One mark of a world-class actor is the ability to convince us that a character exists outside the confines of the screenplay. It is one thing to skillfully deliver a dramatic monologue, to tap depths of volcanic rage or crippling grief for a big Oscar moment played to the cheap seats. Far rarer and more valuable are performances that quietly suggest what isn't spelled out: key character details expressed through gait or inflection; off-screen experiences hinted at with a look, a gesture, or a wayward smile. This is really a difference between an actor and a performer. Tom Cruise is a great performer. Philip Seymour Hoffman is a great actor. So is, for example, Patricia Clarkson.

In The Messenger, Ben Foster plays Staff Sergeant Will Montgomery, who is shipped home after an injury, and assigned to serve out the last three months of his enlistment on "notification duty" with the apparently unbalanced Captain Tony Stone (Woody Harrelson). The two of them are tasked with telling the next of kin that a soldier won't be coming home, a job that consists of knocking on a door, reading from a script ("the Secretary of the Army extends his deepest condolences..."), and bracing oneself for a likely onslaught of abuse.

Eventually, Will gets involved with one of the widows, a sad, lovely young woman played by Samantha Morton. But the plot is the weakest link in a movie that rests largely on Foster's astonishing lead turn, a quiet masterpiece of repressed anger and overwhelming sadness. Until this year, it had seemed like Foster had taken to solely playing psychopaths -- the vicious, beady-eyed villains of Alpha Dog, 3:10 to Yuma, etc. But it turns out that Foster can expand his range by adding layers to the coiled intensity that those roles demanded. For much of The Messenger, we don't know exactly what happened to Will -- neither to lead him to the army, nor to get him sent home. But the fleeting hints of pain and frustration that play across Foster's face in key scenes are more revealing than any amount of exposition.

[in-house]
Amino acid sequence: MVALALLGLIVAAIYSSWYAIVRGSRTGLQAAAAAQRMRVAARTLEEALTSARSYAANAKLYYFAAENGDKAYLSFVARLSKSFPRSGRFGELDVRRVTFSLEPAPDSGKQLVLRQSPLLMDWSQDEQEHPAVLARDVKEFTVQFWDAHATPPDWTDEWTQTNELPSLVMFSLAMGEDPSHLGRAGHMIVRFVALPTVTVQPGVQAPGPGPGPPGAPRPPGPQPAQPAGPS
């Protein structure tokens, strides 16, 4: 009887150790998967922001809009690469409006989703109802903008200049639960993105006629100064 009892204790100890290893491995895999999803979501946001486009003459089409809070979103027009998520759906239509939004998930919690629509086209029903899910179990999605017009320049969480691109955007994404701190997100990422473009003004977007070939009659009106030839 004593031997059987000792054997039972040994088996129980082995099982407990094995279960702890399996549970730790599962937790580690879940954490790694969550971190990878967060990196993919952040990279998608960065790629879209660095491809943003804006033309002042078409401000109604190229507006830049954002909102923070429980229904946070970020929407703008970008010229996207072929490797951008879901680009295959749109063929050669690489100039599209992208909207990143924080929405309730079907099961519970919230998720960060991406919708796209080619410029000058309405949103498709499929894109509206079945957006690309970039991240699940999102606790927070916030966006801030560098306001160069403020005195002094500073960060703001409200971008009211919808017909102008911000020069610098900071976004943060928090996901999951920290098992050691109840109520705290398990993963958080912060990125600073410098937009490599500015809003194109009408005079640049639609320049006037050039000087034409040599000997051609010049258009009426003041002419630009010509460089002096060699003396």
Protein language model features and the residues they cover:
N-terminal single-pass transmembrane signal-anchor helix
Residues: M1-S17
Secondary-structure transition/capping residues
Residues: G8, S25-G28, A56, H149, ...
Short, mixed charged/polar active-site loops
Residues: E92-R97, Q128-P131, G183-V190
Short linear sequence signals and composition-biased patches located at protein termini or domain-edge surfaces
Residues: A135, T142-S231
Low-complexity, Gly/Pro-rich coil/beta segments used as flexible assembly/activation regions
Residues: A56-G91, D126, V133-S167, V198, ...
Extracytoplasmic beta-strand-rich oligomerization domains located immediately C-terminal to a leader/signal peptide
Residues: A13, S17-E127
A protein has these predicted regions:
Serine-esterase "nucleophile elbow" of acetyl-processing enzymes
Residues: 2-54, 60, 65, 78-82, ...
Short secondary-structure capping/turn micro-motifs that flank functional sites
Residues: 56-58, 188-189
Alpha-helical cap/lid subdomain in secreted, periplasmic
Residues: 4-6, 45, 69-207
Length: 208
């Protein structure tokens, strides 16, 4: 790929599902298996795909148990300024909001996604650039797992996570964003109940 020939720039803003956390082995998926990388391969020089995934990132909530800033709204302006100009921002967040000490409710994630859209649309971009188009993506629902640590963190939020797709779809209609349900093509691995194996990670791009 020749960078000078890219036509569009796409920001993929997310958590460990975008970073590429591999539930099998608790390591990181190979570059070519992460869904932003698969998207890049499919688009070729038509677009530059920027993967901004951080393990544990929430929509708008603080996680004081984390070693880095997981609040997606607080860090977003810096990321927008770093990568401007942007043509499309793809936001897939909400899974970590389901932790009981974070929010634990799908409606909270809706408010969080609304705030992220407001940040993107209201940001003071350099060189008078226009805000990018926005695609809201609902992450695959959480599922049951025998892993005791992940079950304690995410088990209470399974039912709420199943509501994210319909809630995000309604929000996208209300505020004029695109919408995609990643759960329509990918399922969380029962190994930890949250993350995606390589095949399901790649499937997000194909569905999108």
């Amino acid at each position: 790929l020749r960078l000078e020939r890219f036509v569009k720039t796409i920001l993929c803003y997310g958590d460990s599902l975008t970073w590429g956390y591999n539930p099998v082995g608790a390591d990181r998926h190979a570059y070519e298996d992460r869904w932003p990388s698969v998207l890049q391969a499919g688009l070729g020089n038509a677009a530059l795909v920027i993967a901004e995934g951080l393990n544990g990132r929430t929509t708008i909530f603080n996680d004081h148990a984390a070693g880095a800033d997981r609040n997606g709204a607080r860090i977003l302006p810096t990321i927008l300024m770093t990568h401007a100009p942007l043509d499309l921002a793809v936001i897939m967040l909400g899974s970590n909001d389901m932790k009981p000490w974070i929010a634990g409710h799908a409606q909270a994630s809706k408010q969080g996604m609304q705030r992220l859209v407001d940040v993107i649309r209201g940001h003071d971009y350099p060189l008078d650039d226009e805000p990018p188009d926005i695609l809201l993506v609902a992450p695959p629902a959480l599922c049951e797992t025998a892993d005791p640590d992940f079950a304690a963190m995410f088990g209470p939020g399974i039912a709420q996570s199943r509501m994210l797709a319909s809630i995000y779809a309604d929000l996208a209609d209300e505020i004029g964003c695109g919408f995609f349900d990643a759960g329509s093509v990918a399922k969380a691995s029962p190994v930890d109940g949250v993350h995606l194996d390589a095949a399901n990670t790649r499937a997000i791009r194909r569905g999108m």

Watch him tell his ex-girlfriend (Jena Malone), who has come to welcome him home and also to tell him that she's gotten engaged in his absence, that "you don't have to worry about me": with that one line, Foster somehow makes perfectly clear that Will's brave face is a crumbling façade. Or watch him as he is spit on and cursed by a grieving father (Steve Buscemi): Will mostly just stands there and takes it, but Foster manages to convey a maelstrom of emotion that itself tells a story. And on the rare occasions that Will smiles, we get a brief but fully realized glimpse of the kind of person that he used to be.

Foster is so good at filling in the blanks of his character, that when the "real" details begin to come out -- how Will came to be an army mechanic, how his mother "notified" him as a child, the Iraq memory that haunts him -- the movie deflates a little. What the performance suggests and we imagine is richer than what the screenplay later tells us. If that doesn't deserve an Oscar, I don't know what does.

Soldiers on notification duty make an appearance in Jim Sheridan's Brothers, too, to tell Grace Cahill (Natalie Portman) that her husband Sam (Tobey Maguire) has been killed in a helicopter crash in Afghanistan. If you've seen the trailer, you know that Sam is eventually found and returned home, by which point Grace has bonded with Sam's screw-up brother Tommy (Jake Gyllenhaal). Sam's frightening transformation upon his return is the point of the film, and Maguire is terrific in the role. But it is Gyllenhaal, playing a volatile, deeply troubled ex-con, who has the harder job here. In Maguire's case, we see in graphic detail Sam's harrowing experience as a prisoner in Afghanistan, and our minds do a lot of the work of giving what follows its impact. On the other hand, the movie only hints at Tommy's past, and Gyllenhaal is left to do the heavy lifting.

He pulls it off beautifully. Consider the dinner scene early in the film, and Tommy's face-off with his father (Sam Shepard), intent on goading and belittling him; there's so much unspoken family history packed into Tommy's increasingly unsuccessful attempts to contain his anger while his dad throws insults. And consider the suggestion, subtly planted, that Tommy is using his brother's apparent death -- and the resulting opportunity to be a "good guy" -- as a self-esteem boost to make up for decades of playing second fiddle to his star athlete, war hero brother. It's a fantastic, troubling performance -- smaller and quieter than Maguire's, to be sure, but more impressive for it.

Both of these dudes are likely to end up out of serious awards contention, if they aren't already. But I'll take their intricate, difficult work over the technically proficient impersonations (Meryl Streep, Morgan Freeman) and hysteria-fests (Mo'Nique, Helen Mirren) that tend to grab all the attention. Performances like this are what makes a "character actor."